Tuesday, July 30, 2013

Things I thought but did not say to the only other guy in the gym at the weekend:


Tuesday, July 23, 2013


Can just fuck the fucking fuck off today, basically. 


It is not worth getting out of bed in the morning. Especially if you have a cat curled on top of your head.

How to be a smug shit while meeting a new (religious) contact for work:

Him: (names a priest).

Me: Oh, he confirmed me.

Him: (names another priest).

Me: And he baptised me... and married my parents.

Wednesday, July 17, 2013


When I was eight or nine years old I was, like many girls of my age, obsessed with horses. I took horseriding lessons every weekend with my friend Kym and after school we would either play with our various toy horses - fastening and unfastening mini plastic saddles and "grooming" scratchy fake manes - or read the latest installment in the Saddle Club book series. (It was a good read, that series, although I'm still a bit disappointed to this day that they never outed Stevie. Who did they think they were kidding? I mean, sure, she got a boyfriend somewhere along the line but I like to think, even then, I knew he was just a beard).

I digress. As part of my obsession I loved to draw horses and, because I had very little talent in the drawing department, I also loved to trace far superior drawings of horses done by people who could actually draw and imagine it was my handiwork. I should stress that it could not have been more obvious, looking at the traced drawings, that they had been traced and not drawn freehand. For starters they were streets and miles ahead of what I could actually do by myself. Moreover they just looked...  well, very very traced. There was nothing natural about them, they looked exactly like what they were: the work of a half-arsed nine-year-old fraudster.

I don't remember whether I tried to pass the traced pictures off as my own explicitly or just hoped people would assume I'd done them but I do remember, very clearly, the day on which I was confronted by a classmate called Holly M. We were sitting outside the classroom - it must have been recess or lunch, I don't remember that part - and for some reason I had a pile of my "drawings" on my lap. I was probably showing them off. Because I was a little shit.

At some point in the proceedings Holly looked at the drawings, looked at me and said something like: "Are these traced?"

A long pause in which I must have summed up my options: tell the truth or lie. 

Ridiculously, stupidly, I went for the lie. I'm not a great liar now and I can't imagine I was much better back then.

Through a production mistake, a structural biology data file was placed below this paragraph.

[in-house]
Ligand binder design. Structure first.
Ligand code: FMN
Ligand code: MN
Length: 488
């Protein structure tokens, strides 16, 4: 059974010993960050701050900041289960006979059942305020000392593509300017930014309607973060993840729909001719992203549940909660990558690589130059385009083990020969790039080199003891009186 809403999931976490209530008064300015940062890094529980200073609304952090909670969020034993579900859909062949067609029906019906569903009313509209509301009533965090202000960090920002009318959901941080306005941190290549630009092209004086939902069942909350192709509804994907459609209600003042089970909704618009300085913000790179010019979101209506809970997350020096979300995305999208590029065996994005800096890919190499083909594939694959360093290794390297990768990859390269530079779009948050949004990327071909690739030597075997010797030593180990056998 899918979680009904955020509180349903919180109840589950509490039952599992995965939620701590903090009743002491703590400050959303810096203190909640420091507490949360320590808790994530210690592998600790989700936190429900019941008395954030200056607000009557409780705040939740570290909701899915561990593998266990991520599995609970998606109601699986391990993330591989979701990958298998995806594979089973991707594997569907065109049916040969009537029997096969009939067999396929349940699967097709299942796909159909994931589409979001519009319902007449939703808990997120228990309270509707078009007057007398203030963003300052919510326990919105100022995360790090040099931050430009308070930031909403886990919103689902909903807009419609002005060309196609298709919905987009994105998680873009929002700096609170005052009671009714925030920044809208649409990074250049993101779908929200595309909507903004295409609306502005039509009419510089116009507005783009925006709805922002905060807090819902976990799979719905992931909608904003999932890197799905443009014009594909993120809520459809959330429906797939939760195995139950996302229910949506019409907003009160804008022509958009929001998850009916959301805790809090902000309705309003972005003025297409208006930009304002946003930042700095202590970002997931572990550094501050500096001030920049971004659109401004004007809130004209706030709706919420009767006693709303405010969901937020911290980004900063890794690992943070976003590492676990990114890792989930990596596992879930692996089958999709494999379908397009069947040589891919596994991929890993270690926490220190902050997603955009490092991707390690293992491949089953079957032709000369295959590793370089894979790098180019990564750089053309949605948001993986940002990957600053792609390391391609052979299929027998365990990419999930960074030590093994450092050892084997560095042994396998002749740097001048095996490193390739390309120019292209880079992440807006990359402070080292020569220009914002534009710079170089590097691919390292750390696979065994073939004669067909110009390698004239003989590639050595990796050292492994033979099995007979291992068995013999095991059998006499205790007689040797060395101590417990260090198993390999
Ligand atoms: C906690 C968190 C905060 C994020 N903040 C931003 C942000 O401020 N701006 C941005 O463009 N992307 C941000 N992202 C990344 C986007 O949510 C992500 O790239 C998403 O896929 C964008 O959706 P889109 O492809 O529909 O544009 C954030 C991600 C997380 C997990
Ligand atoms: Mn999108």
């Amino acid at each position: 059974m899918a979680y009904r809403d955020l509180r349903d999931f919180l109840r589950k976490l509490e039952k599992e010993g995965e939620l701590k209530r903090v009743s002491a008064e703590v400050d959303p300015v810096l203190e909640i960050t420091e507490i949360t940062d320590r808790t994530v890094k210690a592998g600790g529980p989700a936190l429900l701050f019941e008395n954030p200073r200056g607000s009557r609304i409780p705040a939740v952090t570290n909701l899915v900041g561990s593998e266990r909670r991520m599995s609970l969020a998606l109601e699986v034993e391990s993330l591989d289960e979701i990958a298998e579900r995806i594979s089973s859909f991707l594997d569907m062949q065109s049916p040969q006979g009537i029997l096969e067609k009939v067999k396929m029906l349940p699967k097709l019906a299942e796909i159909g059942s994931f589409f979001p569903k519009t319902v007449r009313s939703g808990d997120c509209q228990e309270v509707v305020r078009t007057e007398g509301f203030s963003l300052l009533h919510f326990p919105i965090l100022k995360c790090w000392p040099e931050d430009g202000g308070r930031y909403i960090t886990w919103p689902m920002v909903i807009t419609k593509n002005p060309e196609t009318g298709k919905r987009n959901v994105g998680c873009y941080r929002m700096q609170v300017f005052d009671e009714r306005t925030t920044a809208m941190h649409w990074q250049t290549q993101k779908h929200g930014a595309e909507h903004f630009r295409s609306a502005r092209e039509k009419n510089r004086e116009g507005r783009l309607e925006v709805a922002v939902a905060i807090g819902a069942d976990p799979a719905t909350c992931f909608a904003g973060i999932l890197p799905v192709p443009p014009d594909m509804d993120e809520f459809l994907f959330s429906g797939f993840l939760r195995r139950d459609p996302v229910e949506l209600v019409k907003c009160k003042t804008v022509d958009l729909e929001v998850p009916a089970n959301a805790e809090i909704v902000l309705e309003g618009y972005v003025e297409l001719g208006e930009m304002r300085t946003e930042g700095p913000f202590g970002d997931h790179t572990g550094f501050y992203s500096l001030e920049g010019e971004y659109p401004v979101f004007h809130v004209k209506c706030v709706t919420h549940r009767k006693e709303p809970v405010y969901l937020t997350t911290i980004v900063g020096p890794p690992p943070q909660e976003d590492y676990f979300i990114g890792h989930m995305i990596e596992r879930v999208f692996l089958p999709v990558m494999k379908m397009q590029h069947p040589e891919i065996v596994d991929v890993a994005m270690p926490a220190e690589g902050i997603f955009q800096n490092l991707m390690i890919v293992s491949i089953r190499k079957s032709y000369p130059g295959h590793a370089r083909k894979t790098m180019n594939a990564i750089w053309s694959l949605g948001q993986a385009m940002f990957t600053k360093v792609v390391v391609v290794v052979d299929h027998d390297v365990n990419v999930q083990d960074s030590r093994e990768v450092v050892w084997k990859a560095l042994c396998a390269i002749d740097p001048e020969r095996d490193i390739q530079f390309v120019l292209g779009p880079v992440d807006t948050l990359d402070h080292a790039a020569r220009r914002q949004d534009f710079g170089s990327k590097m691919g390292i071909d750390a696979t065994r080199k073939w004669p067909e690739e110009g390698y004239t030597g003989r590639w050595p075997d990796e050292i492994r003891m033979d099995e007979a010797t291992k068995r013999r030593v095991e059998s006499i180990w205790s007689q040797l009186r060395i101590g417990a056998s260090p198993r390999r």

Two decades and change later I still don't really know why I lied. I mean, I guess I wanted Holly to think I was really good at drawing horses or something but why, exactly, did I care? We weren't friends. More importantly, how did I plan to carry on that lie when I couldn't draw for shit unless I was alone in my room with my horse books and, you know, some tracing paper? It was a poorly thought out plan and, even at that young age, I feel like I should have known better.

What I still remember, many years later was the overwhelmingly ache of regret the moment I lied. I didn't want to lie. I didn't want to try and carry off the lie. The lie had been instinctive and I knew, looking at Holly's face, that she didn't believe me. I was embarrassed. My face must have been fleshed. I couldn't have looked more guilty if a sheaf of tracing paper had suddenly slid out of my school jumper.

I recount this story now not because it has anything to do with anything but because I had a flashback yesterday to that little incident when I told a very stupid lie and experienced the same ache of regret at my work gym.

I am, I must point out, now 30. Not eight or nine. I am an adult. I should be better than this. I am not.

First, some back story to fill you in on the basics. The work gym is very small - it's basically just a little room with some so-so gym equipment in it. Also, the day before the incident I'm about to relate occurred I had been to the gym before work and afterwards left my gym clothes balled up in my gym bag for future use. That ball of clothes included - and this part I have to stress - the knickers I'd been wearing at the time.

Okay, you're filled in and we're ready to go on.